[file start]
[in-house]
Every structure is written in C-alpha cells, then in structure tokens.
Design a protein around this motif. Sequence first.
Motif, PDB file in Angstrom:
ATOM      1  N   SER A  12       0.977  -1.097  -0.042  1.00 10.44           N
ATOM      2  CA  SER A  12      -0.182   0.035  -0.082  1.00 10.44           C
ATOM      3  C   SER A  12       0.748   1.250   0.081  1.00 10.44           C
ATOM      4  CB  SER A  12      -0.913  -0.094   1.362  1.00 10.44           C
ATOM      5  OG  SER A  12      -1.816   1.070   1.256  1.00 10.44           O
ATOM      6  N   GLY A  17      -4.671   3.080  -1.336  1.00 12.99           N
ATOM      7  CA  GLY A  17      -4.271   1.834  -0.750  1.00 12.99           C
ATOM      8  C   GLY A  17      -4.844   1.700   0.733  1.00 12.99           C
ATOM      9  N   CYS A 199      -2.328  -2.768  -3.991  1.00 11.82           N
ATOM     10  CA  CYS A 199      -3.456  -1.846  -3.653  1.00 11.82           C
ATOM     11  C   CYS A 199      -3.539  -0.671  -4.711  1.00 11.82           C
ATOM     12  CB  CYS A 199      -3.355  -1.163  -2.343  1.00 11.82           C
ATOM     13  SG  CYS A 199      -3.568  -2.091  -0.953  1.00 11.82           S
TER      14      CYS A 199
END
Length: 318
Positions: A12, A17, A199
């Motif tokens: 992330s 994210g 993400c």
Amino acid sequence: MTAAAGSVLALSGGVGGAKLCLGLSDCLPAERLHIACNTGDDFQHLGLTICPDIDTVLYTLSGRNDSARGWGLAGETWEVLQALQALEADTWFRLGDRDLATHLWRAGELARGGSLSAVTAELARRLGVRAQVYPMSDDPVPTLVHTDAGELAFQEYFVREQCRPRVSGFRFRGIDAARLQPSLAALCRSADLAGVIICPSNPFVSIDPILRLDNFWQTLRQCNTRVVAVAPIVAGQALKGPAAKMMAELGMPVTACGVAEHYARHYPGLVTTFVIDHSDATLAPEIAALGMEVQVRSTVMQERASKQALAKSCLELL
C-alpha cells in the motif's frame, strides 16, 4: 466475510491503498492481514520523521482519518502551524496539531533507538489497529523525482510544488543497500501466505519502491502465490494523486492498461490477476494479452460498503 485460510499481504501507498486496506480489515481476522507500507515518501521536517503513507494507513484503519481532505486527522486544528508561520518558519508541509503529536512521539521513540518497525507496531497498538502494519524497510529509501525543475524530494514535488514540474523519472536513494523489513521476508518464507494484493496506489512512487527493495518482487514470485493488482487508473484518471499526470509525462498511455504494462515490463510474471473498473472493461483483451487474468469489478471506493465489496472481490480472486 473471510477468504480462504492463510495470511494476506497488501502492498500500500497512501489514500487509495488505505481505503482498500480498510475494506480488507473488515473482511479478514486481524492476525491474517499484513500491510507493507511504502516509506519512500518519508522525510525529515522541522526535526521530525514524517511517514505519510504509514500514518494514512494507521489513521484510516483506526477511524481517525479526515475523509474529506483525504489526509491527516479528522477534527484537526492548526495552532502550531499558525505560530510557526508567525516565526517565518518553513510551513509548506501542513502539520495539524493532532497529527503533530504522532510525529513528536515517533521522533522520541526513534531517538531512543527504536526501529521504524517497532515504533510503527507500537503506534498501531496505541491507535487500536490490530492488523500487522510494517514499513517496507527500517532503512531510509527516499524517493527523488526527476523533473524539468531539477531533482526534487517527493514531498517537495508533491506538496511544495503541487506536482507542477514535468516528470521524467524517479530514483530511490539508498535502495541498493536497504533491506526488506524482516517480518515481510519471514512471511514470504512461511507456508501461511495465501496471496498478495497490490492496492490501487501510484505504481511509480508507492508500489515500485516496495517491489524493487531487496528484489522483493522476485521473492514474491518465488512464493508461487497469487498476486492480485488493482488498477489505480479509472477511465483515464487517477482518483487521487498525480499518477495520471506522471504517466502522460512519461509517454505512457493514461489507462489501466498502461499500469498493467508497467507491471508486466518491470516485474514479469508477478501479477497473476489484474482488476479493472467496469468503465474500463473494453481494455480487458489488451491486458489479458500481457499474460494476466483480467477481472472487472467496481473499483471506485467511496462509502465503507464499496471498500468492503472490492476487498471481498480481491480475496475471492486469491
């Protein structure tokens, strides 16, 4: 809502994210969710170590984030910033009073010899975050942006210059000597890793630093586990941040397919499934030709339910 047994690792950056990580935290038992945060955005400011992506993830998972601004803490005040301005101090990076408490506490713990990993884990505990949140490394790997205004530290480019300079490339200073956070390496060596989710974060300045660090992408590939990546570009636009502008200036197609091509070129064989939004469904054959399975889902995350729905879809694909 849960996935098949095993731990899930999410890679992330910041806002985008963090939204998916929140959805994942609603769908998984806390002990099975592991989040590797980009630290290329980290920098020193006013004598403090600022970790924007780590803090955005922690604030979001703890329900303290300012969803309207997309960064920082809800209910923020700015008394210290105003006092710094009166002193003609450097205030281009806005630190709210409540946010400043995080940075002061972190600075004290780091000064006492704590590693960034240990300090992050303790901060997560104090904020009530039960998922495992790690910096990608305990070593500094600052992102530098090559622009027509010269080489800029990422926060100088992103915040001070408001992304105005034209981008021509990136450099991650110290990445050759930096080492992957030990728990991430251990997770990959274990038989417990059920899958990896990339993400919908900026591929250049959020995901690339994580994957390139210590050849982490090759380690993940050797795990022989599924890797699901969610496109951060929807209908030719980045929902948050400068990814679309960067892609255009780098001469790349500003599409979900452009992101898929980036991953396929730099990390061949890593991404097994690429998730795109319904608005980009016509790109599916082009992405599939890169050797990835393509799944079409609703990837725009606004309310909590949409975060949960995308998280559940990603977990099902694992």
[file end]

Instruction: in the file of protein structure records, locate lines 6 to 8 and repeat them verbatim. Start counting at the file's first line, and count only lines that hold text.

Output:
ATOM      2  CA  SER A  12      -0.182   0.035  -0.082  1.00 10.44           C
ATOM      3  C   SER A  12       0.748   1.250   0.081  1.00 10.44           C
ATOM      4  CB  SER A  12      -0.913  -0.094   1.362  1.00 10.44           C